I agree with OpalRose. I use an auto bilevel machine, after years of using Respironics auto CPAP. The difference is pretty amazing, and for me, I actually find 3-cm of pressure relief (pressure support in bilevel) is all I need or tolerate. So I could probably be equally comfortable with an Airsense 10 as with the Aircurve 10.

Respironics AFlex provides up to 2 cm pressure relief at the onset of expiration, but the pressure does not stay low regardless of setting. It returns to CPAP pressure before inhalation. The time and amount of relief increases with the settings, but it is not a true bilevel relief as provided in the Resmed exhale pressure relief (EPR), which provides up to 3 cm pressure relief upon exhale, and does not increase pressure until spontaneous inhale begins.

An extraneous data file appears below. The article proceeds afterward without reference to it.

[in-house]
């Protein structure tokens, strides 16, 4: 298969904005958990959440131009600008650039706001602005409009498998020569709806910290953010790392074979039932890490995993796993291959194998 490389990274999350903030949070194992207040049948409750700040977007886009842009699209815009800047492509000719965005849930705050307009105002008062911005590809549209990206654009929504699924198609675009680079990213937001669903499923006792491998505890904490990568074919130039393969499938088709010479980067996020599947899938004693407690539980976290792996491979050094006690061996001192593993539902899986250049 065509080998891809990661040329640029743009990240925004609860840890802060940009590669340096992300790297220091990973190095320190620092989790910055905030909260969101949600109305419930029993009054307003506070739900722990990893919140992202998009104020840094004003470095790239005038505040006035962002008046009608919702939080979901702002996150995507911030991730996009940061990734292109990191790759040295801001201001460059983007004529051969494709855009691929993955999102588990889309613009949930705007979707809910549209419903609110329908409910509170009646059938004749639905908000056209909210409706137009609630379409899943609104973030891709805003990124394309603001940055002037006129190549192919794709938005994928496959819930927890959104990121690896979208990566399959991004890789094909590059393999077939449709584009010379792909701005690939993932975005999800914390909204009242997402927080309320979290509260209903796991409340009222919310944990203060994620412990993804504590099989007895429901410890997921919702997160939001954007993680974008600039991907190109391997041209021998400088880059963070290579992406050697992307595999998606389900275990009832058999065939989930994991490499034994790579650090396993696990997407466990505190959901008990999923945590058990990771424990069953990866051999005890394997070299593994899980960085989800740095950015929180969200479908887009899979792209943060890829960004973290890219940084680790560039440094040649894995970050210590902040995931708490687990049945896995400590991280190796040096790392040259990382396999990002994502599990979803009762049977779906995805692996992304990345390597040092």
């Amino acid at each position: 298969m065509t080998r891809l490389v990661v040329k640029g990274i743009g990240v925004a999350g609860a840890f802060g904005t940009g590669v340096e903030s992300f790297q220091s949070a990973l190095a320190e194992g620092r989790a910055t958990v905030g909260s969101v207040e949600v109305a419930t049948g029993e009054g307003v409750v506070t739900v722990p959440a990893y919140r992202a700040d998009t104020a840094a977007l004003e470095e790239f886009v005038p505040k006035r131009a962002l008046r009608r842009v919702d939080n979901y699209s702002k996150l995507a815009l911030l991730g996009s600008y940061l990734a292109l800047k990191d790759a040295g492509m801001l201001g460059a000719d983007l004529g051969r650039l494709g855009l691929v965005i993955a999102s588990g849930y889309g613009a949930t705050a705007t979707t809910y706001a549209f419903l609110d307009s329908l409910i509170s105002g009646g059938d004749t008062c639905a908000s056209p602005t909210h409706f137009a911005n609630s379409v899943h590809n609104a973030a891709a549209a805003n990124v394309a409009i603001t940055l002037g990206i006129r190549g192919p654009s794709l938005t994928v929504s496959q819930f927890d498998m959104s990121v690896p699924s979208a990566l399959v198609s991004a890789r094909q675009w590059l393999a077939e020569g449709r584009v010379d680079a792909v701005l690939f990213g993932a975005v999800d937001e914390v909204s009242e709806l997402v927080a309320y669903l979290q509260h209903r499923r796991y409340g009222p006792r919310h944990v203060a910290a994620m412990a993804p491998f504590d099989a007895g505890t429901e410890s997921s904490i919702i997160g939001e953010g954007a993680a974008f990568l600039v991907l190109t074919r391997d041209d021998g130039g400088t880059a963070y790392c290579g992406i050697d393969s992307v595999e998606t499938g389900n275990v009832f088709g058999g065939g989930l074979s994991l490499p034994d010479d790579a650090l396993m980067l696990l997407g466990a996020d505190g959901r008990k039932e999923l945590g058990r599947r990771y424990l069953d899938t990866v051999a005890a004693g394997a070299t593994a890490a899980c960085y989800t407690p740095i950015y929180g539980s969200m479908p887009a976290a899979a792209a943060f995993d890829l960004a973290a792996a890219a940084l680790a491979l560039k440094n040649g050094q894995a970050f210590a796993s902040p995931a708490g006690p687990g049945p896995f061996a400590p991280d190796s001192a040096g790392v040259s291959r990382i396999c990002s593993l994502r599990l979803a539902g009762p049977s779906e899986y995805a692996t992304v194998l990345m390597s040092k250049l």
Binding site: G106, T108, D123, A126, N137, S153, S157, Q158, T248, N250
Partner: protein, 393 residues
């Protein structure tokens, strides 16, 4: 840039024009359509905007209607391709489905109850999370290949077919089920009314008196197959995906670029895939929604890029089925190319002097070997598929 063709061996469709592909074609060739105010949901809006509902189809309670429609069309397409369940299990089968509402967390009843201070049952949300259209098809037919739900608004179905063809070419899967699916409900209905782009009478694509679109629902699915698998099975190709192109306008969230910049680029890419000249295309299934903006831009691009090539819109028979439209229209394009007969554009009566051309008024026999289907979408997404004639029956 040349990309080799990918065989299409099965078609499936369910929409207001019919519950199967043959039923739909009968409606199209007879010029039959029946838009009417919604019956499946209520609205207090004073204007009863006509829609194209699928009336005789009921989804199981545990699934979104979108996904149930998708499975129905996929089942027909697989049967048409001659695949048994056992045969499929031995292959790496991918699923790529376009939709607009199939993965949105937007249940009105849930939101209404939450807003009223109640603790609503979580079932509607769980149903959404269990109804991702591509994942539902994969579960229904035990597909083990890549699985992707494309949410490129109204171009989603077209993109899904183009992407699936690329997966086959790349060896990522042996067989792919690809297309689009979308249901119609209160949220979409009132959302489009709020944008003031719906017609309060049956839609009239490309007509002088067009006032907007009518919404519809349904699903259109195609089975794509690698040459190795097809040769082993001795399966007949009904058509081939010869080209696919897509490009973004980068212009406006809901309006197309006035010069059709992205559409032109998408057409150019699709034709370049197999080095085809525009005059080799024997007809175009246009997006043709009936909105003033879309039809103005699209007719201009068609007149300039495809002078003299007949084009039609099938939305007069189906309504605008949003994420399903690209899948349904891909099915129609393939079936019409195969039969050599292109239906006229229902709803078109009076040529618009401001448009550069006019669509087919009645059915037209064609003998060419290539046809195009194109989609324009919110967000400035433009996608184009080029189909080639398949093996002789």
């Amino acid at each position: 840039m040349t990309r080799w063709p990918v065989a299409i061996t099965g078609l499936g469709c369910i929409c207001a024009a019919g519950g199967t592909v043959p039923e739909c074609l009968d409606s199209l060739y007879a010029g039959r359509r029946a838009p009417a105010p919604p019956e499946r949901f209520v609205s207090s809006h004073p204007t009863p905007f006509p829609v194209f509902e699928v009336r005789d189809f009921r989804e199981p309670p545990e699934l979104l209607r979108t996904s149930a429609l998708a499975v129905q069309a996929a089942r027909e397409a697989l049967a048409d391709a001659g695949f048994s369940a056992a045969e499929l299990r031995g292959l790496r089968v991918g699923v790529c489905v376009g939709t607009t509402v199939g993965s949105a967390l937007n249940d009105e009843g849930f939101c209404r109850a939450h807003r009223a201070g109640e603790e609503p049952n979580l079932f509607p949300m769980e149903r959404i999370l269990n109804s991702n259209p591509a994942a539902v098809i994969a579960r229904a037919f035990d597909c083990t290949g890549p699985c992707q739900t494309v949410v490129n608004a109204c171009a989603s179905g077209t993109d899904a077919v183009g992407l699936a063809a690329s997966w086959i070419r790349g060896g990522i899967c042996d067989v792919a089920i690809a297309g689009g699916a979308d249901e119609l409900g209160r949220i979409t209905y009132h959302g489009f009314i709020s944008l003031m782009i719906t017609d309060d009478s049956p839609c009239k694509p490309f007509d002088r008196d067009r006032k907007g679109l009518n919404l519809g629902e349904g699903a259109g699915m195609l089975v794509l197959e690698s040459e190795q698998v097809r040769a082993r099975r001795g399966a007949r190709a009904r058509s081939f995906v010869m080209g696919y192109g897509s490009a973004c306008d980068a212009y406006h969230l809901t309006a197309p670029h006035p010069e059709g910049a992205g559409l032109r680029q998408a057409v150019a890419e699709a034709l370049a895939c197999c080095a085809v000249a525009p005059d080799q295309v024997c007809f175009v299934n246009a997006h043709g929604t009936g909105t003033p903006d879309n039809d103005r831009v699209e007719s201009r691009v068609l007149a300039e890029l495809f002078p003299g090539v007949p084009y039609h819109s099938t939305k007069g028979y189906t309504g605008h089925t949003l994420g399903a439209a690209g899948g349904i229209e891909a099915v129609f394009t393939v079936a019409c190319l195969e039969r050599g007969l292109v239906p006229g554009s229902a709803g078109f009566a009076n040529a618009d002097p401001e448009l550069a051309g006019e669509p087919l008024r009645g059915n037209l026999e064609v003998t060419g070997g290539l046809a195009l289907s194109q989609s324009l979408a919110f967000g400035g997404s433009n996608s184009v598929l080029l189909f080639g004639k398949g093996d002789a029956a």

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#37
Hi Again.

I think this is just semantics.

First blogger reported restless leg syndrome and thought the root cause of his problem was low blood oxygen. He decided to try CPAP to improve his oxygen levels at night as I presume he suspected hypoapnea or sleep apnea since as you pointed out that would be the treatment. I also presumed that he didn't use oxygen during the day.

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#38
(12-07-2016, 01:11 PM)Elaine TC Wrote: Hi Again.

I think this is just semantics.